As anyone who is involved with NFTs will tell you, they are not without some risks. From losing your money investing in a bad asset to having your NFTs stolen by hackers, there are quite a number of things to look out for in your NFT journey.
But recently, the Securities and Futures Commission of Hong Kong put out a warning to citizens about investing in NFTs. This recent statement, published on June 6, 2022, touched on some of the common issues associated with NFTs, as well as the ways that their holders could run afoul of the law.
Know the Risks
The statement began by outlining some risks associated with NFTs that buyers should beware of.
“As with other virtual assets, NFTs are exposed to heightened risks including illiquid secondary markets, volatility, opaque pricing, hacking and fraud. Investors should be mindful of these risks, and if they cannot fully understand them and bear the potential losses, they should not invest in NFTs,” the statement said.
Then, some mention was made regarding NFTs and the situations where they fall under the oversight of the SFC. As per the statement, if an NFT represents a collectable such as a digital image, artwork, music or video, they are not under the SFC’s regulatory limit.
However, it was explained that some NFTs cross over from being collectables to being financial assets. An example given of this was “fractionalised or fungible NFTs structured in a form similar to “securities”, or in particular, interests in a “collective investment scheme”
The SFC defines a collective investment scheme as one that meets four criteria. First, it must involve an arrangement in respect of property, its participants must not have control over the day-to-day operations of the property, the property must be managed by or on behalf of the person collecting and managing the contributions of which its profits are to be pooled, and the purpose of the arrangement is for participants to receive a profit or an income.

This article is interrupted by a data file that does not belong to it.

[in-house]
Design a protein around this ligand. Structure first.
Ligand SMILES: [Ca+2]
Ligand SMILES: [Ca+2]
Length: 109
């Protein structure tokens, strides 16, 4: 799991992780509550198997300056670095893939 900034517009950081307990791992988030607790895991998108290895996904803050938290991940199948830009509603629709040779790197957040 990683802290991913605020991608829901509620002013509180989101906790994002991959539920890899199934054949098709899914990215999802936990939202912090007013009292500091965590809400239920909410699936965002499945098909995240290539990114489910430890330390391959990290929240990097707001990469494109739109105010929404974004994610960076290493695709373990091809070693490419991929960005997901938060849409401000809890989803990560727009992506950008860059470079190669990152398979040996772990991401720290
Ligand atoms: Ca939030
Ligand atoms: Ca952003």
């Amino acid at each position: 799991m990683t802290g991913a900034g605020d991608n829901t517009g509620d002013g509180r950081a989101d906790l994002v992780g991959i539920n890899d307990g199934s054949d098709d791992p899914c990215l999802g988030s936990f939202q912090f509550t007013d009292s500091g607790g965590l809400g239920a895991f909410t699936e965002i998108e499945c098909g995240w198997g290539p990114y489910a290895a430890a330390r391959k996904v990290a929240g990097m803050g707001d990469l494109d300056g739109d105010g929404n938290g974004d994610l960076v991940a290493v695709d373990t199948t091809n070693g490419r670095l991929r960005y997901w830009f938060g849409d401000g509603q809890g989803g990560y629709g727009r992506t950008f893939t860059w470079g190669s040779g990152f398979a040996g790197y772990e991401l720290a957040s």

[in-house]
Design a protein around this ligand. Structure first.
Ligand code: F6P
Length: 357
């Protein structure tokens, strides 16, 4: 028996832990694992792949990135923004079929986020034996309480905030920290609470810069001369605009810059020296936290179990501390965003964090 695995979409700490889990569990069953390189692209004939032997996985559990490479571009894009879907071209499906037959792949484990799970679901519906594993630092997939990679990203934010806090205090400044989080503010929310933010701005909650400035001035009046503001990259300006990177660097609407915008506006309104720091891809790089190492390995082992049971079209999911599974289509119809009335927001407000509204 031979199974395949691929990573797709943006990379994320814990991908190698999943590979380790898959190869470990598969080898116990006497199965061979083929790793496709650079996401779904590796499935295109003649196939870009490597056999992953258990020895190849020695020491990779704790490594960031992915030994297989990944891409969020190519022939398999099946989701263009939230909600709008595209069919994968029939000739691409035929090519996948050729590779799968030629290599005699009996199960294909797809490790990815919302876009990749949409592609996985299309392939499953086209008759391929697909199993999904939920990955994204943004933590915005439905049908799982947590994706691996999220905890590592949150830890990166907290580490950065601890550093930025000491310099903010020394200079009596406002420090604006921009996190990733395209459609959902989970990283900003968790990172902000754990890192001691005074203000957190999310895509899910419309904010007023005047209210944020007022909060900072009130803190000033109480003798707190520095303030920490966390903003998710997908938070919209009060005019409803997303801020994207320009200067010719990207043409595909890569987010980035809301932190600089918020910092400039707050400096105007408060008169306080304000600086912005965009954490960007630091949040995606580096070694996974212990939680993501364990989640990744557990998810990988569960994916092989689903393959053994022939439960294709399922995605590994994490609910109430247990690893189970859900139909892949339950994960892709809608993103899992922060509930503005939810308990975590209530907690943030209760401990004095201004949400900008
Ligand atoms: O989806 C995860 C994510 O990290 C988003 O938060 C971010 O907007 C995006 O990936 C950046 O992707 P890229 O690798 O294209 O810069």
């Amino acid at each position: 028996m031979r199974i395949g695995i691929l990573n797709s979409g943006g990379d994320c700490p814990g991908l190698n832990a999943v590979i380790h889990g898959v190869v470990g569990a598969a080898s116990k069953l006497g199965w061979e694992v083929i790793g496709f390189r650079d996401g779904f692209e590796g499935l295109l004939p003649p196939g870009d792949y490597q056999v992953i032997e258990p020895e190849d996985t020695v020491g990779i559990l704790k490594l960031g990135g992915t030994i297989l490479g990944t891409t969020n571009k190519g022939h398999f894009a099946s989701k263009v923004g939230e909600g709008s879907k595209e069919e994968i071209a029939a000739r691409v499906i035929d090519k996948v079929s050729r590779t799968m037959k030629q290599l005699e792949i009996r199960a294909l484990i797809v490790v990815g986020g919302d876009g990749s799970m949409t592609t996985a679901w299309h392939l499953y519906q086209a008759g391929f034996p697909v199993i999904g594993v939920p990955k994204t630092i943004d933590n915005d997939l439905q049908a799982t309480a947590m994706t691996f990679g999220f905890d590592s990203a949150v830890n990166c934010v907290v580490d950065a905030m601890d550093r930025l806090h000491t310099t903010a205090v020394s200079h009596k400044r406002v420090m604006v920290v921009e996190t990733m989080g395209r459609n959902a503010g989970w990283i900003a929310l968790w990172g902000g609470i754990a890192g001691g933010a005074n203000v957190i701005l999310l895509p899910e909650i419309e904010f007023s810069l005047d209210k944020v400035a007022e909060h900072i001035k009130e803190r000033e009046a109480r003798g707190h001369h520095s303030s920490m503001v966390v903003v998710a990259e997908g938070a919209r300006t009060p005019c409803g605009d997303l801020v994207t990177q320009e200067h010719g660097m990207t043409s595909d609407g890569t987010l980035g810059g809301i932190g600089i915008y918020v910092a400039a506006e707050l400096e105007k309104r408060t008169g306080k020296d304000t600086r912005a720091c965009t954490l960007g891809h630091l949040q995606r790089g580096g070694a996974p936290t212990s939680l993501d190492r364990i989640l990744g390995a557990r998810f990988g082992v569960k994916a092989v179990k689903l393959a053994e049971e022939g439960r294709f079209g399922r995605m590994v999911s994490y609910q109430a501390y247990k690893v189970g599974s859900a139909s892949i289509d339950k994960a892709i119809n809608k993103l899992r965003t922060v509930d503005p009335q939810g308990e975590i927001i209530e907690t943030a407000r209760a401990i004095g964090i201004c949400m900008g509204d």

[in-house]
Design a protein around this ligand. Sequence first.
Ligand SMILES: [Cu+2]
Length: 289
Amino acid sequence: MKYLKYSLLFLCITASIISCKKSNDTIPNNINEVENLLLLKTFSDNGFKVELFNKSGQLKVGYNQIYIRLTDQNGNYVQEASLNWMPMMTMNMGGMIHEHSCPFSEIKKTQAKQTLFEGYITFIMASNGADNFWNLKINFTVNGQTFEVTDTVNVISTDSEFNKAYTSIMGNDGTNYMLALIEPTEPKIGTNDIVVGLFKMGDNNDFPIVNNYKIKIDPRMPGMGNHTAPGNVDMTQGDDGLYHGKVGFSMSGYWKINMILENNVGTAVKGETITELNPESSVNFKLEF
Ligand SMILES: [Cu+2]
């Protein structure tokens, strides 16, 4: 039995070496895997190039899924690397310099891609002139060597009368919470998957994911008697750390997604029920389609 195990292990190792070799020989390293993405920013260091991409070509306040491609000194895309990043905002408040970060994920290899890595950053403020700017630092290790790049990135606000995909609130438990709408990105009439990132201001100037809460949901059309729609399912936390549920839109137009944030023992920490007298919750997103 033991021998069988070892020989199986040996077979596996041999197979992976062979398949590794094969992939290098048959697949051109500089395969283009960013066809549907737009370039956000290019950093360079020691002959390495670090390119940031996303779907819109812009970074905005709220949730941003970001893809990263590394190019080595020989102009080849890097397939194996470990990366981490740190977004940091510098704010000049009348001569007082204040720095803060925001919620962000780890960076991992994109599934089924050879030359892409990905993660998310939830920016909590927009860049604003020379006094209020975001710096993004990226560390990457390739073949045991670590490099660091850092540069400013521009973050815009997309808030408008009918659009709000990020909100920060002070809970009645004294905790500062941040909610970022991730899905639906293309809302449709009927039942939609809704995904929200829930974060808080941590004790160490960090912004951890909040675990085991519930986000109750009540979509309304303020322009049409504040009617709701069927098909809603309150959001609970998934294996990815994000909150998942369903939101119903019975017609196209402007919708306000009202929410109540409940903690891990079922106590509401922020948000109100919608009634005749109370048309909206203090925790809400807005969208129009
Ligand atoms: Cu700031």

If any NFT constitutes an interest in a collective investment scheme or invites the public to invest in one, it then falls under the jurisdiction of the SFC.
“Parties carrying on a regulated activity, whether in Hong Kong or targeting Hong Kong investors, require a licence from the SFC unless an exemption applies,” the statement concludes.
The Legality of NFTs
Just like cryptocurrencies that came before them, it will take some time to figure out the legalities behind NFTs. As this recent statement by the SFC explains, there is a fine line between NFTs as collectables and as investment schemes.
We have certainly seen both over the years, with some NFTs acting as memorabilia to commemorate events, celebrities, and so on, and NFTs that promise some sort of profit in the long run.
While some consumers do not make an explicit distinction between the two, regulatory bodies around the world clearly will. As NFT rise even more in public profile, we can expect to see more statements like these.